It’s been a great summer, and I’ve gotten just a little behind on my writing about our flax science project. In July, the flax was hand pulled and put into beets. The beets were left to dry for a few days.
When the flax was completely dry, we stored the flax beets inside our garden shed until we were ready to begin the retting process. One Sunday afternoon, we worked to remove the flax seeds, which will be a healthy addition to breads.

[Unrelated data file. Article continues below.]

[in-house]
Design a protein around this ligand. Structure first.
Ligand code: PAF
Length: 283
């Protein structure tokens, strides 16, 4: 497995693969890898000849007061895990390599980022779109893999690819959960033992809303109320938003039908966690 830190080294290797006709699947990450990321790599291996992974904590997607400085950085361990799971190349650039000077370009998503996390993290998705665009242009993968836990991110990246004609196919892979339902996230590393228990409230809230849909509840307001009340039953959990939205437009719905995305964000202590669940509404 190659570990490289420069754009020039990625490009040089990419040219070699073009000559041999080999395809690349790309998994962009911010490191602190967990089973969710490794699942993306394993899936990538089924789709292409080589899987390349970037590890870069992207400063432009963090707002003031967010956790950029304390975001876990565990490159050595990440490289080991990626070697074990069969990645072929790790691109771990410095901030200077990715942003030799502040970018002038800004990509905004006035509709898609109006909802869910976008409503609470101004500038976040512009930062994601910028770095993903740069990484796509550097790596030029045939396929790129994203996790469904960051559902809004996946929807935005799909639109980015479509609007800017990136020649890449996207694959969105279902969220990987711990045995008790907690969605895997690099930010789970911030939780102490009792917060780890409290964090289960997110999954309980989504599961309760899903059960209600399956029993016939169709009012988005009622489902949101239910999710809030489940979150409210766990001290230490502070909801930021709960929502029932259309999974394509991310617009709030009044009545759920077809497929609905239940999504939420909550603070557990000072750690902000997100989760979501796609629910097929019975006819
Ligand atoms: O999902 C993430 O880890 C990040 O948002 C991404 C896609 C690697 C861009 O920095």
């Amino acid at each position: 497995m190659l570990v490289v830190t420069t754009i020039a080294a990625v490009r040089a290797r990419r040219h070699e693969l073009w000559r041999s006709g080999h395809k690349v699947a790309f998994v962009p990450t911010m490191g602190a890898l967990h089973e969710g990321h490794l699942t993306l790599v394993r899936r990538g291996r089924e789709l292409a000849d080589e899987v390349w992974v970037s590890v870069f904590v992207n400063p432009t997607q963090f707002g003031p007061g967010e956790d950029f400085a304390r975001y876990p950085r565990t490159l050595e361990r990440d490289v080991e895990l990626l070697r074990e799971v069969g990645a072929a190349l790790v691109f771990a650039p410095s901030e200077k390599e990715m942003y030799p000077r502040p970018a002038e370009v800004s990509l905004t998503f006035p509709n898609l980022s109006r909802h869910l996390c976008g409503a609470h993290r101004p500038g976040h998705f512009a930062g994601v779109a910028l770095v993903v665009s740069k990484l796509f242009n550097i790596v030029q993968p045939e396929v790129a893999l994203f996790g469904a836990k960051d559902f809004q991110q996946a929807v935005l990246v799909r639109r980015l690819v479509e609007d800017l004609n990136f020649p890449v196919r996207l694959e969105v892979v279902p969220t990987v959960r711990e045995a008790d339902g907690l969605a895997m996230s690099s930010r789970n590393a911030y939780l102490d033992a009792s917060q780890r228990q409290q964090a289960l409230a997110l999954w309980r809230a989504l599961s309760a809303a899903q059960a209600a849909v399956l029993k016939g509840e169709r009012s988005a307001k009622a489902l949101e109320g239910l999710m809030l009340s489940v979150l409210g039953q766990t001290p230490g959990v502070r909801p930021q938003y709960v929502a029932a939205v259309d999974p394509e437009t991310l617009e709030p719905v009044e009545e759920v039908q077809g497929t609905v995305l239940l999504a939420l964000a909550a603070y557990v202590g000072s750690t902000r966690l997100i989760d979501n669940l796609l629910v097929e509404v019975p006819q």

After the seeds were removed, the flax beets were placed in a bin of water for about four to five days. (It’s true that the water and the flax become quite fragrant, and it’s not a good fragrance.)
With rubber gloves on, the flax is removed from the water and laid out to dry (holding your nose, of course).
After a day of good sunshine, dried flax looks like this:
Once nicely dried, a stalk can be taken in hand and easily bent to expose the lovely long flax fiber that eventually becomes linen.